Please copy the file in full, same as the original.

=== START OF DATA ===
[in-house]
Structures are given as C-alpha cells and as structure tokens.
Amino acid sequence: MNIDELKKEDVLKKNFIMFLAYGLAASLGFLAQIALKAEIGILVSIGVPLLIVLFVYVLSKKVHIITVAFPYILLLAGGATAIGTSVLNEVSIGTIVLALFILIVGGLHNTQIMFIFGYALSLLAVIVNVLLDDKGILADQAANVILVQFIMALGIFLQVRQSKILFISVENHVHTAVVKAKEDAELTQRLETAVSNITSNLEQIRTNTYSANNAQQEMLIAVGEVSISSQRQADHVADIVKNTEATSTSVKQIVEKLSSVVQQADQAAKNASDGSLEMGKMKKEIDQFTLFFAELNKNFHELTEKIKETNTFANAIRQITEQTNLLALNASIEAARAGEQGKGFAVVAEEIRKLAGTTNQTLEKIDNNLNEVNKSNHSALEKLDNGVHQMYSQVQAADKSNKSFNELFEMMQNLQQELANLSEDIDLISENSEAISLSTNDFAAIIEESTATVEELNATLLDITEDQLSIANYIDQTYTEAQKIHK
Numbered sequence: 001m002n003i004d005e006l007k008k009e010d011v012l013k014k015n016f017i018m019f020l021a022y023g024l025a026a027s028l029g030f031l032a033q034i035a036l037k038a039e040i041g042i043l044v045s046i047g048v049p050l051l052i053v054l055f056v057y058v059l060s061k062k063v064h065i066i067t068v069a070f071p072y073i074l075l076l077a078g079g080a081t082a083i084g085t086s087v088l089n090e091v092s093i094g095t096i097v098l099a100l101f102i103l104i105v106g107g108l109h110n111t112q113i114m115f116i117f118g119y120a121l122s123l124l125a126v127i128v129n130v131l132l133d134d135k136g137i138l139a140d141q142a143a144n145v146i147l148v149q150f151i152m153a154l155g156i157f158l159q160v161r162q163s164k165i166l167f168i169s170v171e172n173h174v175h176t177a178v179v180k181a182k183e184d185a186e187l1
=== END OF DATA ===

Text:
[in-house]
Structures are given as C-alpha cells and as structure tokens.
Amino acid sequence: MNIDELKKEDVLKKNFIMFLAYGLAASLGFLAQIALKAEIGILVSIGVPLLIVLFVYVLSKKVHIITVAFPYILLLAGGATAIGTSVLNEVSIGTIVLALFILIVGGLHNTQIMFIFGYALSLLAVIVNVLLDDKGILADQAANVILVQFIMALGIFLQVRQSKILFISVENHVHTAVVKAKEDAELTQRLETAVSNITSNLEQIRTNTYSANNAQQEMLIAVGEVSISSQRQADHVADIVKNTEATSTSVKQIVEKLSSVVQQADQAAKNASDGSLEMGKMKKEIDQFTLFFAELNKNFHELTEKIKETNTFANAIRQITEQTNLLALNASIEAARAGEQGKGFAVVAEEIRKLAGTTNQTLEKIDNNLNEVNKSNHSALEKLDNGVHQMYSQVQAADKSNKSFNELFEMMQNLQQELANLSEDIDLISENSEAISLSTNDFAAIIEESTATVEELNATLLDITEDQLSIANYIDQTYTEAQKIHK
Numbered sequence: 001m002n003i004d005e006l007k008k009e010d011v012l013k014k015n016f017i018m019f020l021a022y023g024l025a026a027s028l029g030f031l032a033q034i035a036l037k038a039e040i041g042i043l044v045s046i047g048v049p050l051l052i053v054l055f056v057y058v059l060s061k062k063v064h065i066i067t068v069a070f071p072y073i074l075l076l077a078g079g080a081t082a083i084g085t086s087v088l089n090e091v092s093i094g095t096i097v098l099a100l101f102i103l104i105v106g107g108l109h110n111t112q113i114m115f116i117f118g119y120a121l122s123l124l125a126v127i128v129n130v131l132l133d134d135k136g137i138l139a140d141q142a143a144n145v146i147l148v149q150f151i152m153a154l155g156i157f158l159q160v161r162q163s164k165i166l167f168i169s170v171e172n173h174v175h176t177a178v179v180k181a182k183e184d185a186e187l1